At the top of Naismith Hill, squeezing inside the aisles of Jayhawk T-shirts, fleece pullovers, football jerseys and hundreds of other crimson-and-blue products, Bill Muggy knows that for at least one weekend this fall, he'll be stuck with more of his merchandise than he can stomach.
Kansas University's home football game against Missouri is shifting from the field just down the hill to a 70,000-seat NFL stadium in Kansas City, Mo., some 53 miles down Interstate 70 - and taking $12,000 in Jayhawk Bookstore sales with it.
"They're desperate for dollars and not cognizant of the impact that the rivalries have on campus and in Lawrence," said Muggy, the store's owner, after KU athletics officials announced the venue change Monday afternoon in Kansas City, Mo. "They want businessmen to cough up a bunch of bucks to be part of business partnerships, and then they turn around and say, 'Once we've got your dollars, we don't want to give you any.'
"In this instance, they're just flat out moving the game into an area where the only place it really benefits is the dollars in the KU athletic department's coffers."
Such sentiments were making their way through front offices, behind beer taps and into commercial kitchens across Lawrence on Monday, as Kansas Athletics Inc. leaders gathered with their counterparts from the University of Missouri and others from the Kansas City Chiefs to confirm what had been talked about for months and speculated about for weeks.
The annual Border War football game against Missouri, originally set for Nov. 24 at Memorial Stadium in Lawrence, instead will be played at Arrowhead Stadium. The 2008 game will be played at Arrowhead instead of Columbia, Mo.
The payoff: KU will be guaranteed to receive at least $1 million from the game in each of the next two years.
"And we think we can do much better than that, very candidly," said Carl Peterson, Chiefs general manager.
First OU, now MU
The move follows up on another KU "home" game played at Arrowhead. In 2005, the Jayhawks played the University of Oklahoma in Kansas City, Mo., losing the game but winning in the cash box.
KU officials figure they scored a $1.23 million profit from the OU game at Arrowhead, compared with a $719,000 profit generated by that season's Missouri visit to Lawrence.
Lavern Squier, president of the Lawrence Chamber of Commerce, said his 1,200-member organization had not put a price tag on the potential for lost sales, exposure and other aspects tied to the change. But chamber officials, in the past, have regarded home football games as "million-dollar weekends," in that fans fill hotel rooms, crowd restaurants and spend money that they otherwise wouldn't when the Jayhawks are on the road.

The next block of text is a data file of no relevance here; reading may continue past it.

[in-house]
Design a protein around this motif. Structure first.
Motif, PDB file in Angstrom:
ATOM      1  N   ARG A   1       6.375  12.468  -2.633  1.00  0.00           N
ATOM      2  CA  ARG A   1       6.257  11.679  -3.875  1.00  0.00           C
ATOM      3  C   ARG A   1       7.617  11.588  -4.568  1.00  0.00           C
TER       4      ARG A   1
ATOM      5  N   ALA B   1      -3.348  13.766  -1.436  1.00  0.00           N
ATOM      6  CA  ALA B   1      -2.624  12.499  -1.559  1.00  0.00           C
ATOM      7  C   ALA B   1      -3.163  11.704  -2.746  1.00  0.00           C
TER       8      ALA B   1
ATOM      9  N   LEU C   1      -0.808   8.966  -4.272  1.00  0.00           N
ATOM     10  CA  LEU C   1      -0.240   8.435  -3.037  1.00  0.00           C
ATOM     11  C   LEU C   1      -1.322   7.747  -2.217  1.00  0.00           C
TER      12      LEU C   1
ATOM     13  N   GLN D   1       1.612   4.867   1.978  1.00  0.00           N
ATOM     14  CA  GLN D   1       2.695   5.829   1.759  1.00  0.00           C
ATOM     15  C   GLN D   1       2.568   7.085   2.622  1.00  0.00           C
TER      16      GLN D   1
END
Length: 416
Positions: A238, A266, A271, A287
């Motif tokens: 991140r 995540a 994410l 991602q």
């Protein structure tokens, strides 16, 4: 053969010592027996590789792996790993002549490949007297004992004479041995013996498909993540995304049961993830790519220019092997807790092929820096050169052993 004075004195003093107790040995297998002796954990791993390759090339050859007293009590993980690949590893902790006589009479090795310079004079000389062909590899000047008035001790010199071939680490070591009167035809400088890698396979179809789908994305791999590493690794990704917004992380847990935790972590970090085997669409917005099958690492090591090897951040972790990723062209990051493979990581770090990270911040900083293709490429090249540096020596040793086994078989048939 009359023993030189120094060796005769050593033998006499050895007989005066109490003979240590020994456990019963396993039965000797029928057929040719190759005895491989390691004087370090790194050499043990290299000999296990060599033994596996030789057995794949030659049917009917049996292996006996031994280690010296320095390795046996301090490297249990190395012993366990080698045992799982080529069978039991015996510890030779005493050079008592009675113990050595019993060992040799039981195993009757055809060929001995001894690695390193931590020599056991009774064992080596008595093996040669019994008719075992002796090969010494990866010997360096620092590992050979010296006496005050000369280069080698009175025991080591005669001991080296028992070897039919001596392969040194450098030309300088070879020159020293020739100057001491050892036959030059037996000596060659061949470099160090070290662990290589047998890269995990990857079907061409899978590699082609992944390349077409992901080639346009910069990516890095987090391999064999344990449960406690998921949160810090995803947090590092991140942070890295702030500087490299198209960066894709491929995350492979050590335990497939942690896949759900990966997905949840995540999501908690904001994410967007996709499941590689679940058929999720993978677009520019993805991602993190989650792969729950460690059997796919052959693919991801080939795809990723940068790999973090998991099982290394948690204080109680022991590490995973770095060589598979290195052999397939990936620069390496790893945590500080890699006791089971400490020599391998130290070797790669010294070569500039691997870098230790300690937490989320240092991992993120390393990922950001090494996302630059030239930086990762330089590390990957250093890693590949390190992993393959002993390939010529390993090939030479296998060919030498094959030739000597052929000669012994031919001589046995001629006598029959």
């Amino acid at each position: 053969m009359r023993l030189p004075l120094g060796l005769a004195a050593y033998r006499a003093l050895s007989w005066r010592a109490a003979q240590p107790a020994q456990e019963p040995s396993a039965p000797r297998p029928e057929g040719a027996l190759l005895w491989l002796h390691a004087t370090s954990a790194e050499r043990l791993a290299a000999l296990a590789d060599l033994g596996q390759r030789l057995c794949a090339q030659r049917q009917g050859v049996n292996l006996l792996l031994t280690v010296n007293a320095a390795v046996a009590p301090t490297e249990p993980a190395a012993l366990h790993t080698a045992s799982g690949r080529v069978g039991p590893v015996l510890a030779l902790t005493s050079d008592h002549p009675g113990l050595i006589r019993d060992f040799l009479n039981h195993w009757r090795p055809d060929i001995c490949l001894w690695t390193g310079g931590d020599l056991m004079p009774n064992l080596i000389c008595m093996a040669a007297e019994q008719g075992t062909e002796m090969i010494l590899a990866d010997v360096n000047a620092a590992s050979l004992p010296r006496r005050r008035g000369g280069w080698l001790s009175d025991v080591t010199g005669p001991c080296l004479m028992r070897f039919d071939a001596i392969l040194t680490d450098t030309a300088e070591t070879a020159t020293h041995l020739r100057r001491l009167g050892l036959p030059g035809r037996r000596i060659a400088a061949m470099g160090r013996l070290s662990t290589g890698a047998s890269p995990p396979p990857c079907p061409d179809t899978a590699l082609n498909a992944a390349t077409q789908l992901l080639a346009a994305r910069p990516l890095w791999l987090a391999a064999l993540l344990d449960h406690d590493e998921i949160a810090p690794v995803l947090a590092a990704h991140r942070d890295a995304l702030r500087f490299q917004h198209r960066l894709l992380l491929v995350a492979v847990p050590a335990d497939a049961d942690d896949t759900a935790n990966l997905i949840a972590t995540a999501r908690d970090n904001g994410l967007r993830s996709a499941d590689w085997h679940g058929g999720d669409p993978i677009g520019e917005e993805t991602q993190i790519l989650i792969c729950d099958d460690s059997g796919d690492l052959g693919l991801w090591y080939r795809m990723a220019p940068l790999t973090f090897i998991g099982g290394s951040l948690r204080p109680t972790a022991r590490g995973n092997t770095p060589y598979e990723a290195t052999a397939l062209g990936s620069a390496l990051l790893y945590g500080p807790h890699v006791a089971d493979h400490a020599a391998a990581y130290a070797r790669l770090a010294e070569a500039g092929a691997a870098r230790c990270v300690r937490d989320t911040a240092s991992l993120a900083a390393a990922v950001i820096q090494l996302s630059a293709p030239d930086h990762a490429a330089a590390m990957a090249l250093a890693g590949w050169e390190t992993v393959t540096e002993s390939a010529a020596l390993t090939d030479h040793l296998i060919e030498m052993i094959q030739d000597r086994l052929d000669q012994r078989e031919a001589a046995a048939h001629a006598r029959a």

Lew Perkins, KU's athletic director, said Monday that his department had done all it could to ease the financial pain for Lawrence businesses. KU already had added an extra home game for 2007.
Hope for understanding
"We're very sensitive to our merchants," Perkins said. "They've been very good to us. But we feel that having seven home games is showing them that we care.
"Hopefully they can understand."
Perry Martin, general manager of the Lawrence Holidome, barely had heard the news Monday afternoon when he disclosed his early interpretation.
"Ouch!" he said.
That was before he started running the numbers, and checking the reservation books to see whether he would need to cancel reservations for the MU football team and its traveling party. Martin figures the hotel will miss out on $50,000 to $60,000 in revenue.
"It's frustrating," he said.
But all is not lost for his employer, Hulsing Hotels. The company also owns the Holiday Inn just across the street from the parking lot at Arrowhead.
And Martin figures that Lawrence will make out OK in the end, given the schedule with seven remaining home games - all expected to be sellouts for the hotel.
"We have to remember: What's good for KU is ultimately going to help the community," said Martin, whose company is paying at least $20,000 a year for the rights to play host to Hawk Talk, Coach Mark Mangino's weekly radio show. "It's just one of those things. You don't get mad. You just move on."
Doug Holiday, co-owner of Bigg's BBQ, 2429 Iowa, conceded that moving the game to Kansas City would cost him "big time" money. But it also opens a new opportunity.
He's already looking into renting buses to carry fans to the games, leading a "Bigg's Caravan" equipped with barbecue, beers and plenty of KU spirit - all for a price.
"I've got to make money," he said. "If that's the way they have to make their money, it's OK. Let's just make the best of it."
John Charnes, professor in KU's School of Business, said he thought the move would be good exposure for KU in the Kansas City area.
"I think it's a good thing to give Kansas City fans an opportunity to see the team over there," he said.
Casey Topol, a KU senior, is looking forward to seeing her team on a different field.
"It just seems so much more exciting - like it's a bigger deal," she said. "I'd love it if it were here, but it's got to be so much more exciting and thrilling at Arrowhead."
But Melissa Horen, a KU student and vice president of student government, said she didn't like the change.
"Some of the really good memories I've had of the last four years have been when we beat MU at home," she said, "and to celebrate after that."
And Tim Burgess, a KU student and avid Jayhawk football fan, shares some reservations with the announcement.
"KU has been great against Missouri at home in the last four years," he said. "We've had their number every time. We've killed them. I'd hate to see that momentum go away just because we want to play at Arrowhead."
- Staff writers Sophia Maines and Ryan Wood contributed to this story.